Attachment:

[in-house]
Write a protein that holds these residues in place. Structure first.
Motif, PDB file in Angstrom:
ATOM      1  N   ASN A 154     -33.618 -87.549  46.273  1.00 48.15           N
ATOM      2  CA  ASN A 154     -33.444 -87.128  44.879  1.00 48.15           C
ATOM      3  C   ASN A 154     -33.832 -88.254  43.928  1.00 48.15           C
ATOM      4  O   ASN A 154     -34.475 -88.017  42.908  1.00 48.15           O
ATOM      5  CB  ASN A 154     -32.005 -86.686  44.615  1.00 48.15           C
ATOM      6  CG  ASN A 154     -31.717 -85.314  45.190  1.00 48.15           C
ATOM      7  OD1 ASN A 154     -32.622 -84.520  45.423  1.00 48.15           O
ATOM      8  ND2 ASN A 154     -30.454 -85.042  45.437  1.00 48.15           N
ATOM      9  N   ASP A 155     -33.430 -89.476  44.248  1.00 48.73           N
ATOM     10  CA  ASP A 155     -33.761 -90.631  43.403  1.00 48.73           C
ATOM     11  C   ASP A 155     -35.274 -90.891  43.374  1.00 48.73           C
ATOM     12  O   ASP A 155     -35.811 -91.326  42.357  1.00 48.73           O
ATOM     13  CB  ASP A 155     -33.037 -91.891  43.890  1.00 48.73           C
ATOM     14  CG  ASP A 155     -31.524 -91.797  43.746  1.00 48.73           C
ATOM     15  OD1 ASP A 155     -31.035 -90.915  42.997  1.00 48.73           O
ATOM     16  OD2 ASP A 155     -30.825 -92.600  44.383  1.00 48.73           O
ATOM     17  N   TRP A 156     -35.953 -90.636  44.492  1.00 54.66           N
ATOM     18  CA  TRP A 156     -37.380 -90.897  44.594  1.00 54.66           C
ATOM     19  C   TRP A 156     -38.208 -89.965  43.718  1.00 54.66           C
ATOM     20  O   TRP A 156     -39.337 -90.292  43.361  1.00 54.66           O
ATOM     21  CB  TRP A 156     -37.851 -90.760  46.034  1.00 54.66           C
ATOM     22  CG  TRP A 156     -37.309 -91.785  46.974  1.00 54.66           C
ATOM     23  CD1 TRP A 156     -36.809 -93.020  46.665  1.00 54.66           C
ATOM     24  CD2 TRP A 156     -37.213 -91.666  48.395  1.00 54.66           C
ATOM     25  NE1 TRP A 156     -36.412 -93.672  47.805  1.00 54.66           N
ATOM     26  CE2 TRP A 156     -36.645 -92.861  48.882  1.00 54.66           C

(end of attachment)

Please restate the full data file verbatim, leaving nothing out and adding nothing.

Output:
[in-house]
Write a protein that holds these residues in place. Structure first.
Motif, PDB file in Angstrom:
ATOM      1  N   ASN A 154     -33.618 -87.549  46.273  1.00 48.15           N
ATOM      2  CA  ASN A 154     -33.444 -87.128  44.879  1.00 48.15           C
ATOM      3  C   ASN A 154     -33.832 -88.254  43.928  1.00 48.15           C
ATOM      4  O   ASN A 154     -34.475 -88.017  42.908  1.00 48.15           O
ATOM      5  CB  ASN A 154     -32.005 -86.686  44.615  1.00 48.15           C
ATOM      6  CG  ASN A 154     -31.717 -85.314  45.190  1.00 48.15           C
ATOM      7  OD1 ASN A 154     -32.622 -84.520  45.423  1.00 48.15           O
ATOM      8  ND2 ASN A 154     -30.454 -85.042  45.437  1.00 48.15           N
ATOM      9  N   ASP A 155     -33.430 -89.476  44.248  1.00 48.73           N
ATOM     10  CA  ASP A 155     -33.761 -90.631  43.403  1.00 48.73           C
ATOM     11  C   ASP A 155     -35.274 -90.891  43.374  1.00 48.73           C
ATOM     12  O   ASP A 155     -35.811 -91.326  42.357  1.00 48.73           O
ATOM     13  CB  ASP A 155     -33.037 -91.891  43.890  1.00 48.73           C
ATOM     14  CG  ASP A 155     -31.524 -91.797  43.746  1.00 48.73           C
ATOM     15  OD1 ASP A 155     -31.035 -90.915  42.997  1.00 48.73           O
ATOM     16  OD2 ASP A 155     -30.825 -92.600  44.383  1.00 48.73           O
ATOM     17  N   TRP A 156     -35.953 -90.636  44.492  1.00 54.66           N
ATOM     18  CA  TRP A 156     -37.380 -90.897  44.594  1.00 54.66           C
ATOM     19  C   TRP A 156     -38.208 -89.965  43.718  1.00 54.66           C
ATOM     20  O   TRP A 156     -39.337 -90.292  43.361  1.00 54.66           O
ATOM     21  CB  TRP A 156     -37.851 -90.760  46.034  1.00 54.66           C
ATOM     22  CG  TRP A 156     -37.309 -91.785  46.974  1.00 54.66           C
ATOM     23  CD1 TRP A 156     -36.809 -93.020  46.665  1.00 54.66           C
ATOM     24  CD2 TRP A 156     -37.213 -91.666  48.395  1.00 54.66           C
ATOM     25  NE1 TRP A 156     -36.412 -93.672  47.805  1.00 54.66           N
ATOM     26  CE2 TRP A 156     -36.645 -92.861  48.882  1.00 54.66           C